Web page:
He has written a bunch of happy books as well, including The Happiness Book: A Positive Guide to Happiness, The Happiness Book for Men, the Happiness Book for Kids and others.

From happiness to drones? Yeah, why not. Meet another Mike who spoke at TEDxBerkeley stage this year: Mike Roberts whose work is centered around drones and drone research. Its fitting that I put Mike Roberts after Mike Duffy, because in addition to being incredibly smart, the man is funny.

Mike Roberts

As a Computer Graphics Robotics Researcher at Stanford University, Mike’s work is incorporating drones to support human creativity and his joint work with the Harvard Center for Brain Science has been featured worldwide.

In addition to being smart and funny, notice that he’s also a snazzy dresser. Who doesn’t love a great bow tie?

This creative energizing speaker has worked with Jeff Lichtman at the Harvard Center for Brain Science to develop new image analysis methods for nanometer-scale images of brain tissue and it was featured in BBC Horizon, The Guardian, Huffington Post, National Geographic, Nature News, The New York Times, and Popular Science.

Mike also co-developed the Introduction to Parallel Programming course at Udacity.

Minh Dang

As an advocate on Human Trafficking, Minh Dang was one of 15 AAPI Women named a Champion of Change by President Obama.

She’s a manager at a consulting firm and currently a Co-Principal Investigator for a community-based research study funded by the National Institute of Justice entitled, ‘Researcher-Survivor-Ally Formative Evaluation of San Francisco’s Anti-Trafficking Task Forces’.

Her story is a courageous one, one which will touch everyone’s hearts and did. Minh was first publicly identified as a survivor of slavery and incest in 2008, when MSNBC featured her story of slavery in a documentary. She shared her story and why talking about it makes it real and can help change things. Today, she provides guidance and mentorship to survivors and beyond.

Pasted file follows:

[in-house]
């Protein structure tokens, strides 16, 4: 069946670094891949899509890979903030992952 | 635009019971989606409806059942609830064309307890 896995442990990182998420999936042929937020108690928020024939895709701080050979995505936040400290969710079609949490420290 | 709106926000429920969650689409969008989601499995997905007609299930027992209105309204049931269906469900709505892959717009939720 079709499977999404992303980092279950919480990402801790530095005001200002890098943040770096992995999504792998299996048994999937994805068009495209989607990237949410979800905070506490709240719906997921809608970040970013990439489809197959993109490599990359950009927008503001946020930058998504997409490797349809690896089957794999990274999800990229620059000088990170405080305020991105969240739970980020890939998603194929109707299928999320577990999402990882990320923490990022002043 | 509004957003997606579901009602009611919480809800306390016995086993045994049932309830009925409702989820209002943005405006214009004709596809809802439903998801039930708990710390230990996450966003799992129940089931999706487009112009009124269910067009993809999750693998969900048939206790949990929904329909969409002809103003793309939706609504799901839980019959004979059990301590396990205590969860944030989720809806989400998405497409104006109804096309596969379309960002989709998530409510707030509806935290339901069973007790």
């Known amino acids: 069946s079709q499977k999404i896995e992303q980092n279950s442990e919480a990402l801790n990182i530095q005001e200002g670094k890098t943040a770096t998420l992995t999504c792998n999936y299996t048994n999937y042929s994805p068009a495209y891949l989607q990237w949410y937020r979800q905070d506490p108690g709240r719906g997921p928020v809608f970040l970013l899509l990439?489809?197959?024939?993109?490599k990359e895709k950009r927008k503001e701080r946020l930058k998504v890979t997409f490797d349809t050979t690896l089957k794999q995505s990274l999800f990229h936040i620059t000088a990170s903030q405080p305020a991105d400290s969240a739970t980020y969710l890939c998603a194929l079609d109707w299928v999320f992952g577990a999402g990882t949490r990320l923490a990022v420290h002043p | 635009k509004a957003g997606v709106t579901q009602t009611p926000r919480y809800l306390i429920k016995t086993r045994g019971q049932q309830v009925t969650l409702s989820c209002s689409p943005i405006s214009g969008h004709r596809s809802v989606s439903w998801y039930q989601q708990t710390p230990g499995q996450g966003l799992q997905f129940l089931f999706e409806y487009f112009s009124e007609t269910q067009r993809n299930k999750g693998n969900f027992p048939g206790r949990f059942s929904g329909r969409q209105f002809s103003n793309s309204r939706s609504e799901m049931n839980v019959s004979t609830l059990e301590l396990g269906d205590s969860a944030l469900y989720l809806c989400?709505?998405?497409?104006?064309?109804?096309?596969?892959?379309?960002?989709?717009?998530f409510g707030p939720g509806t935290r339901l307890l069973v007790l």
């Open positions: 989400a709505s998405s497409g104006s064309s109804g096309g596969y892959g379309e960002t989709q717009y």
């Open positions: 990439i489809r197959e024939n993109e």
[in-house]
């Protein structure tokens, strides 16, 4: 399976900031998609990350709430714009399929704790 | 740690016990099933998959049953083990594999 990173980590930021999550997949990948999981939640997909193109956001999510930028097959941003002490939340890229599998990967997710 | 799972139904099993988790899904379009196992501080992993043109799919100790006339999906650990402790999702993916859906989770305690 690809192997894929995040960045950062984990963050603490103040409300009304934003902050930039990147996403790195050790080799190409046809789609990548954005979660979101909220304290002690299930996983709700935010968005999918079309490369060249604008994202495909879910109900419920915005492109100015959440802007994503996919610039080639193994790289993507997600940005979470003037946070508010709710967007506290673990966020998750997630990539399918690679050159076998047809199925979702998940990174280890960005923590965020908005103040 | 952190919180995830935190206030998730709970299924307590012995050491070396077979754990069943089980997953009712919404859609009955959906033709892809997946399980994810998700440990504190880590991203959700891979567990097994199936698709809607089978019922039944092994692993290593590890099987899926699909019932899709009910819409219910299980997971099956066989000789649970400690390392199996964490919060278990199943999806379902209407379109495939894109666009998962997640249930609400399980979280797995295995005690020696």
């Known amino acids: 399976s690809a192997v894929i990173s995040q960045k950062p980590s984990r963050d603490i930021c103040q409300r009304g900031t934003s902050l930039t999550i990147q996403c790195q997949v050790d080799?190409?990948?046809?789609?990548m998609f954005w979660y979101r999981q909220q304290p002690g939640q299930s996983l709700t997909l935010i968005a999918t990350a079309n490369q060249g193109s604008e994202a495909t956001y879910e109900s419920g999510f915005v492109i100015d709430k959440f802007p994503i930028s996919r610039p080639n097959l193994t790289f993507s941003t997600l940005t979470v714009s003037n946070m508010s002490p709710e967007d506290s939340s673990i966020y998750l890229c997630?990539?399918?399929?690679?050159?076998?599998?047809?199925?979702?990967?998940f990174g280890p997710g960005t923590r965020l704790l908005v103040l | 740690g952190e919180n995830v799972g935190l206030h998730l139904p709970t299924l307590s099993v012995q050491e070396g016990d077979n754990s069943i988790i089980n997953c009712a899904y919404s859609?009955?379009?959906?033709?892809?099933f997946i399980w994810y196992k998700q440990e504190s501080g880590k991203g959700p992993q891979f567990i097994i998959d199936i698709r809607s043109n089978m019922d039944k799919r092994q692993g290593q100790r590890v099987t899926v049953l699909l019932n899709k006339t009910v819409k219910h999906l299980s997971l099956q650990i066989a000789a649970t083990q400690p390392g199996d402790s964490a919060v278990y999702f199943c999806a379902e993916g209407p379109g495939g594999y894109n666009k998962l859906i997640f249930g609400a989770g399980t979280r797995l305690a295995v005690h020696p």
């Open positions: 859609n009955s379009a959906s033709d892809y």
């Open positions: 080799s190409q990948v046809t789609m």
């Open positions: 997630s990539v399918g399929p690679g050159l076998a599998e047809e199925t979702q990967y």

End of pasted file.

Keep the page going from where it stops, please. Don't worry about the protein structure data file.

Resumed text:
Mayra Lozano

Given the volume of news lately on the crack down on immigration, it was awe-inspiring and brave to hear from an undocumented student at Berkeley who shared her story.

As a junior who is pursuing a degree in Legal Studies and Chicano Studies, Mexican-born Mayra Lozano spoke up about the importance of unity in a country as diverse as the United States, one known for being a melting pot around the world.

She is a first generation low-income student who also wears a hat as an activist and organizer.

Above two photo credits: Halina Veratsennik

Mayra is crossing borders, breaking barriers, and taking risks by voicing her concerns and not allowing herself to be silenced into the shadows. She remembers that as a child the border represented the geographical line that had the power to take all dreams from her. It is frustrating to see the door of opportunity open, and not be allowed to walk through.

Questions of insecurity arise such as: “Will I come home and find my parents where they were before I left for school this morning? Do I have a say in my future?” Being a part of a land where you are not truly accepted is a harsh reality for millions in the United States. She reminded the audience that we were all once immigrants too. Hear hear.

Tai Tran

Named the youngest Forbes 30 under 30, Tai is a LinkedIn top voice in marketing and advertising, followed by over 100,000 marketers and executives around the world.

He ran Apple’s Twitter account before graduating from Berkeley and mentors others on networking, personal branding and social media best practices. He’s currently the head of Content & Brand at SelfScore and you can follow him on Twitter @TaicTran.

Vivienne Ming

If you think that’s remarkable for 23, imagine being a transgender neuroscientist. Introducing Vivienne Ming, whose work as a theoretical neuroscientist and technologist, focuses on machine learning and cognitive neuroscience to maximize student’s life outcomes.

It wasn’t neuroscience that she spoke about on stage on April 15 however, but her transition from Evan Smith to Vivienne Ming, and how her career and marriage got through it and beyond.

“Imagine being trapped in a life you don’t want, a fate you can’t change. Imagine people deciding who you are with a glance — and getting it wrong, every time.” — Vivienne Ming

Her message was powerful, and I felt went far beyond “being as good as you can be,” which is what she echoed in her talk. It’s about courage to accept yourself exactly who you are regardless of what that identity is and following through with it, regardless of how far it takes you.